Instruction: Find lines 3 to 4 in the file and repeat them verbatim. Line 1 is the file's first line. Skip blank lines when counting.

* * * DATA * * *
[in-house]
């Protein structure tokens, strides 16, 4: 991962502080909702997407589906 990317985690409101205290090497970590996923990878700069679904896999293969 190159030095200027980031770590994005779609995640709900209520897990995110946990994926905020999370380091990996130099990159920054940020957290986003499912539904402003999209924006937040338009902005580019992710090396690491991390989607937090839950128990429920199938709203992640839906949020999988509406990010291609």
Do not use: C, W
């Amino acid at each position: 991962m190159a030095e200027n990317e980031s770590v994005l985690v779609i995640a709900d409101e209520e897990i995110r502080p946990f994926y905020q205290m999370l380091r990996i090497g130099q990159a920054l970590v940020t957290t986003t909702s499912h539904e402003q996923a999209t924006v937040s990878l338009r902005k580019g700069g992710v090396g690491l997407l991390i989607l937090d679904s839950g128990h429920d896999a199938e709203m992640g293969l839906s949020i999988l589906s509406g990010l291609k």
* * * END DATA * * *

Do not use: C, W
């Amino acid at each position: 991962m190159a030095e200027n990317e980031s770590v994005l985690v779609i995640a709900d409101e209520e897990i995110r502080p946990f994926y905020q205290m999370l380091r990996i090497g130099q990159a920054l970590v940020t957290t986003t909702s499912h539904e402003q996923a999209t924006v937040s990878l338009r902005k580019g700069g992710v090396g690491l997407l991390i989607l937090d679904s839950g128990h429920d896999a199938e709203m992640g293969l839906s949020i999988l589906s509406g990010l291609k």